Genetic Disorder Detected with optomap, Enhanced Patient Care, ProvenUWF

As a private practice optometric physician and professor of optometry near Portland, Oregon, Lorne Yudcovitch, OD had the opportunity to experience optomap technology on a frequent basis for nearly a decade, both in the clinical setting and as a tool for instructing his students. While he valued the ultra-widefield view and the innovative capabilities, he did not purchase an Optos device until 2012.

“I felt that the optomap technology had improved not only in resolution, but it was more user-friendly, making it much easier to position the patient – and we loved the autofluorescence modality. That has become really invaluable.” Yudcovitch explained how optomap Daytona can quickly and easily reveal issues that might otherwise go unnoticed.

He describes a recent scenario when Lila, a 54-year-old Caucasian female, came to the clinic with night vision complaints. Yudcovitch shares that she was correctable to 20/20 vision in each eye and that he found no retinal abnormalities with conventional imaging and ophthalmoscopy. However, the optomap af image revealed significant hyper and hypo fluorescence mottling in the posterior pole in both eyes. Yudcovitch immediately referred her for further retinal examination and genetic testing which revealed a hereditary PRPH2 gene mutation variant.

 

optomap image of Lila’s right eye

 

 

 

 

 

 

 

 

 

 

 

optomap af image of Lila’s right eye showing her genetic mutation

 

 

The gene product of PRPH2 is important to the integrity and stability of the structures that contain light-sensitive pigments. Slowly progressive loss of vision is typically seen in middle-aged individuals and the changes may be imperceptible initially, however, Autoflouresence can reveal abnormalities before patients become symptomatic.1 Yudcovitch acknowledges that optomap af was instrumental in the detection of the disease. Further genetic testing of the patient’s blood relatives was also recommended.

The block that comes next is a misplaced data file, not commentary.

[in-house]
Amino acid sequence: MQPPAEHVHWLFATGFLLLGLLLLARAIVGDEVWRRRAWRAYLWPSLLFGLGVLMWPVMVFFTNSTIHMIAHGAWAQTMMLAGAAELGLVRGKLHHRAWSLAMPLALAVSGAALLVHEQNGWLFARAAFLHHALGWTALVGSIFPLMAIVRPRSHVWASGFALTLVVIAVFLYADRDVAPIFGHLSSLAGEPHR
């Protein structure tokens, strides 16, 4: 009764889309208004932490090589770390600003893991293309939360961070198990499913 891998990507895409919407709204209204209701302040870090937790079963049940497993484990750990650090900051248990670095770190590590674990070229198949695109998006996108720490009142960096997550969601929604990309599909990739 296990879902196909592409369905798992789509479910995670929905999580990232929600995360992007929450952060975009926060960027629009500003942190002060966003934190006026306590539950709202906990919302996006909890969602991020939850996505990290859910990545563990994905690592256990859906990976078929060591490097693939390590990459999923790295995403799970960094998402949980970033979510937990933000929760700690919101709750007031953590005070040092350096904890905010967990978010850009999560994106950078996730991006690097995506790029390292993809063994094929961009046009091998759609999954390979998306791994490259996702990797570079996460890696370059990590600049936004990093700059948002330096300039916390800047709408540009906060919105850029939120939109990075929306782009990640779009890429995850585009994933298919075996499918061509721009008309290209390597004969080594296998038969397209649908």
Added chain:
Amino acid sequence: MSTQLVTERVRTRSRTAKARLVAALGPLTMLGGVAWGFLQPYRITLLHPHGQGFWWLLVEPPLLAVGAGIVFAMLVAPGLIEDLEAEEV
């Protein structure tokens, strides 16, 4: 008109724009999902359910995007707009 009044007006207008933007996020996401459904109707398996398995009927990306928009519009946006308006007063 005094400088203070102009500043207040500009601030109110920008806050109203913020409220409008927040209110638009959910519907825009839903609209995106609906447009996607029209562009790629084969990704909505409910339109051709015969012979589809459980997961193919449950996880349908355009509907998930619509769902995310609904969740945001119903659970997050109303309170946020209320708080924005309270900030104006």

Prior to investing in optomap technology, Yudcovitch had relied on a retinal camera which was not utilized nearly as much because of the time and effort involved. The split-second, ease-of-use and dynamic modalities of optomap now enable them to image every patient in pre-test for documentation, as well as for detection of issues, like Lila’s, that could be otherwise missed.

Yudcovitch notes that patient response to the optomap experience has been favorable. “They find it extremely interesting and hi-tech. optomap has become very important in terms of patient education. It provides a good chronological assessment so that I can quickly and easily show my patients a side-by-side comparison and they can better understand what is occurring in their eyes. In fact, optomap has proven to be an excellent internal marketing tool because patients will often go and tell their family and friends about their experience and then these individuals start coming to see us.”

Ultimately, however, Yudcovitch places the greatest value on the enhanced quality of care for his patients. He emphasizes that optomap has helped the doctors at the practice to catch numerous sight and life-threatening pathologies from subtle hemorrhages and peripheral retinal tears to serious vascular issues and melanomas.

“Our Daytona is amazing. It does not replace what I do, but it enhances my abilities during the exam and that is invaluable. It’s definitely worth the cost and would move any practice to a higher level of care.”

As an eyecare professional, you may increase your practice efficiency and enhance patient care with optomap, just like Dr. Yudcovitch, and so many others. Contact us today to find out more.

1 http://disorders.eyes.arizona.edu/category/genes/prph2